I began taking ballet lessons when I was just three years old. I never could remember learning ballet just as I couldn’t remember learning to walk. It just always seemed to be.
By the time I was eleven years old I was taking classes five days a week. My muscles had been trained to the point that I had the “dancer waddle.” Indeed, my friends would tease me that I walked like a duck. My posture even when walking through the halls of school was as if I had a book on my head. I looked like a dancer even when I was not in the studio or on the stage.
As a young girl I would sit in complete awe and watch the older dancers raise to the tip of their toes on pointe. I studied them so that I might emulate their actions. I chose my heroes carefully.
In high school I would spend summers in New York City attending classes at various studios. I watched my diet to maximize energy and maintain the physique of a dancer. Dance had become an entire lifestyle and identity.
Every ballet class, whether as a beginner or a professional begins at the barre. The dancer holds on and begins with a demi-plie, the building block. It looks simple enough, from first position the dancer bends her knees. However, she must be sure she is not rolling her feet and that her hips are aligned. Her spine must be straight. Perfecting the plie at the barre is what will allow her to soar across the stage in a glorious grand jete. It is all interconnected and correct muscle memory is imperative. Learning to plie correctly will save her from injury and allow her leaps to be higher.
The transition from wobbly toddler to professional dancer in NYC took countless hours, sweat, blood, frustration, sacrifice, and above all determination. I fell a lot but I always got back up because there was nothing I loved more in life than dancing. To this day the only two things that have surpassed that passion are being a mother and being a child of God.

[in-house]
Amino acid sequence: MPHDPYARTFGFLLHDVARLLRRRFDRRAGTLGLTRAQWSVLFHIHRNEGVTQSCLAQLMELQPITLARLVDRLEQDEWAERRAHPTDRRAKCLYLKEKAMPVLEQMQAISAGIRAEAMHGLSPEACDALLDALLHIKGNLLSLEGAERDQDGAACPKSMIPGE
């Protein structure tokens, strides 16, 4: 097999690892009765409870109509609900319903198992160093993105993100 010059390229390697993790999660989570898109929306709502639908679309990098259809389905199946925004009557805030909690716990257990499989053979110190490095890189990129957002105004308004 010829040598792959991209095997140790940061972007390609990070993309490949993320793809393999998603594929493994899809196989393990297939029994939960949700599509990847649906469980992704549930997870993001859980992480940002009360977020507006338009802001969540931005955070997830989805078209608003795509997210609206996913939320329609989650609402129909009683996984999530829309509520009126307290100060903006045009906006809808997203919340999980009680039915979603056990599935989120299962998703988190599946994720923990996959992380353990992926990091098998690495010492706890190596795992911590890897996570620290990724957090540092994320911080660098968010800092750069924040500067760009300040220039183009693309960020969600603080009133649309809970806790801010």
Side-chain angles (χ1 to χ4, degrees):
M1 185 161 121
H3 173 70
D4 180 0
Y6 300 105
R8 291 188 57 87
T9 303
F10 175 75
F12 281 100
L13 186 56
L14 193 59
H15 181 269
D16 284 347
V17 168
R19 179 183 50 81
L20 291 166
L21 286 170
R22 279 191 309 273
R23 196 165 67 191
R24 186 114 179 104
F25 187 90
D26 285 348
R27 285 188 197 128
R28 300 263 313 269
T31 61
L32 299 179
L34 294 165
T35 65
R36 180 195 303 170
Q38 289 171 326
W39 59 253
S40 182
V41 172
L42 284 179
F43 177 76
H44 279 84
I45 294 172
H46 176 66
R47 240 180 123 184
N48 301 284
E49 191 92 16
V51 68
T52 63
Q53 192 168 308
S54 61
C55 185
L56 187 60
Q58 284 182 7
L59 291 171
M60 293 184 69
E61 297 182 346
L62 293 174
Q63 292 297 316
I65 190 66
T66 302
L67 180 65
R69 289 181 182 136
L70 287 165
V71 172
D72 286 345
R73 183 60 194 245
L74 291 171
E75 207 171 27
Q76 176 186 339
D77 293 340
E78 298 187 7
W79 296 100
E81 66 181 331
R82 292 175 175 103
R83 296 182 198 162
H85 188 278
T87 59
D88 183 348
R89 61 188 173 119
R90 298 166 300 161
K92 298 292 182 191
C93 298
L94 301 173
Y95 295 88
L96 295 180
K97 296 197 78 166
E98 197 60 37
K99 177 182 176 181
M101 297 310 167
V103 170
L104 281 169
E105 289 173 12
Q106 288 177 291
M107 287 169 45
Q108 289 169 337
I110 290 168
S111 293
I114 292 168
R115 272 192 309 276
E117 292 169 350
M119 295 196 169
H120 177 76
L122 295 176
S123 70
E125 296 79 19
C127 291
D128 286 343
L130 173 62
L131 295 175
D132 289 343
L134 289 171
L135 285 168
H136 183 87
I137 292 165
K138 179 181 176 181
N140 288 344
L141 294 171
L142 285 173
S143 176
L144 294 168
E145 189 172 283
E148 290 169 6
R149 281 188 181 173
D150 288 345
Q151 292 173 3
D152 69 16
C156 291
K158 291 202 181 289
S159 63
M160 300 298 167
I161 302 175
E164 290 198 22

Life is full of processes of becoming. I became a dancer. I became a mother. My children will become men. I am becoming a disciple of Christ. In each transition, seemingly menial tasks build upon the next in order to train, strengthen, and build endurance. However, anything worth becoming is going to cost something. If chosen well, the worth is always greater than the cost.
My spiritual training echoes my ballet training. Both endeavors required commitment and perseverance. They have both demanded that I attended to my training even on the days when I did not feel like it or when I was too tired or would rather be doing a million other things. The certainty that it would all be worth it someday moved me through dry spells and frustrations.
I have had to train my spiritual muscles over many years by journaling, reading my Bible, attending and being an active participant in church, praying, being kind to the “least of these,” daily deciding to live as I profess to believe, choosing my hero carefully and emulating Him. Just as I did not begin ballet lessons and suddenly become a proficient dancer, I did not give my life to Christ and suddenly become a disciple. Though given the name “Christian” I was not a true follower. I could not have been because the process had only just begun. It still has not yet been completed but I have dedicated my mind, my heart, and my will to submit to the process of becoming.
The process of becoming means I must trust the process which necessarily requires patience. I must know on a soul level that every motion, every journal entry, every spiritual ache, every cry out to God, every prayer, every act of kindness and compassion will build upon another leading to the glorious day when I am who I was meant to be.
My hope is that, as with ballet where people could tell that I was a dancer by the way I carried myself people will know to whom I belong by the way I carry myself now and not just by where I sit Sunday morning. Has my spiritual life become my identity and an all encompassing life style? Can people around me tell I have trained my muscles to function differently than they did before? Is my Teacher proud to call me His student?
God is the initiator and perfecter of my faith. He began the good work but it is up to me to train so that I might grow until it is finished. It is up to me to never cease the process of becoming.